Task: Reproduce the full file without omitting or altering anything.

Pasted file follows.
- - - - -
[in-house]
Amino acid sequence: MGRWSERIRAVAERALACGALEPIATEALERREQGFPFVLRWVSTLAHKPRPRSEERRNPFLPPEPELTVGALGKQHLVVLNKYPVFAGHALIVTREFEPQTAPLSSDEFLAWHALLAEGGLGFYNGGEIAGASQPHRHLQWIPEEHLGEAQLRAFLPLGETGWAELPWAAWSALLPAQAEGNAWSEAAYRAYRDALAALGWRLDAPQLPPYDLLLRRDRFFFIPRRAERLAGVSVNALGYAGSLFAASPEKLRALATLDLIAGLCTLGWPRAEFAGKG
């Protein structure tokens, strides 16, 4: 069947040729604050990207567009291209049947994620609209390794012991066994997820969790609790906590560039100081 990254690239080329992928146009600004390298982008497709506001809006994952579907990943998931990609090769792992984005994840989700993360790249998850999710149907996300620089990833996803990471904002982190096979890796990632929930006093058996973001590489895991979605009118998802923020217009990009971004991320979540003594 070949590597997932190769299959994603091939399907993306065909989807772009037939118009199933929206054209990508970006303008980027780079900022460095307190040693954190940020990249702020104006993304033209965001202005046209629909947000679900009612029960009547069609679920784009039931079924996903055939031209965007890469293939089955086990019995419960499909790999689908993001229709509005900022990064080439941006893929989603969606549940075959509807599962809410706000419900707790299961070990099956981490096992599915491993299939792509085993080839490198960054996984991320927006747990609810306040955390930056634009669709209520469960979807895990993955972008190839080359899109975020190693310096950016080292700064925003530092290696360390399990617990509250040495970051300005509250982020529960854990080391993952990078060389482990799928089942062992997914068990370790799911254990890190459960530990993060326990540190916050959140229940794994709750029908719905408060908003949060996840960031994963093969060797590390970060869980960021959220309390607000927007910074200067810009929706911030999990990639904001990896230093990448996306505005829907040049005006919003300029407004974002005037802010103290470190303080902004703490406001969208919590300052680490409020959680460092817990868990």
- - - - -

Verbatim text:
[in-house]
Amino acid sequence: MGRWSERIRAVAERALACGALEPIATEALERREQGFPFVLRWVSTLAHKPRPRSEERRNPFLPPEPELTVGALGKQHLVVLNKYPVFAGHALIVTREFEPQTAPLSSDEFLAWHALLAEGGLGFYNGGEIAGASQPHRHLQWIPEEHLGEAQLRAFLPLGETGWAELPWAAWSALLPAQAEGNAWSEAAYRAYRDALAALGWRLDAPQLPPYDLLLRRDRFFFIPRRAERLAGVSVNALGYAGSLFAASPEKLRALATLDLIAGLCTLGWPRAEFAGKG
């Protein structure tokens, strides 16, 4: 069947040729604050990207567009291209049947994620609209390794012991066994997820969790609790906590560039100081 990254690239080329992928146009600004390298982008497709506001809006994952579907990943998931990609090769792992984005994840989700993360790249998850999710149907996300620089990833996803990471904002982190096979890796990632929930006093058996973001590489895991979605009118998802923020217009990009971004991320979540003594 070949590597997932190769299959994603091939399907993306065909989807772009037939118009199933929206054209990508970006303008980027780079900022460095307190040693954190940020990249702020104006993304033209965001202005046209629909947000679900009612029960009547069609679920784009039931079924996903055939031209965007890469293939089955086990019995419960499909790999689908993001229709509005900022990064080439941006893929989603969606549940075959509807599962809410706000419900707790299961070990099956981490096992599915491993299939792509085993080839490198960054996984991320927006747990609810306040955390930056634009669709209520469960979807895990993955972008190839080359899109975020190693310096950016080292700064925003530092290696360390399990617990509250040495970051300005509250982020529960854990080391993952990078060389482990799928089942062992997914068990370790799911254990890190459960530990993060326990540190916050959140229940794994709750029908719905408060908003949060996840960031994963093969060797590390970060869980960021959220309390607000927007910074200067810009929706911030999990990639904001990896230093990448996306505005829907040049005006919003300029407004974002005037802010103290470190303080902004703490406001969208919590300052680490409020959680460092817990868990």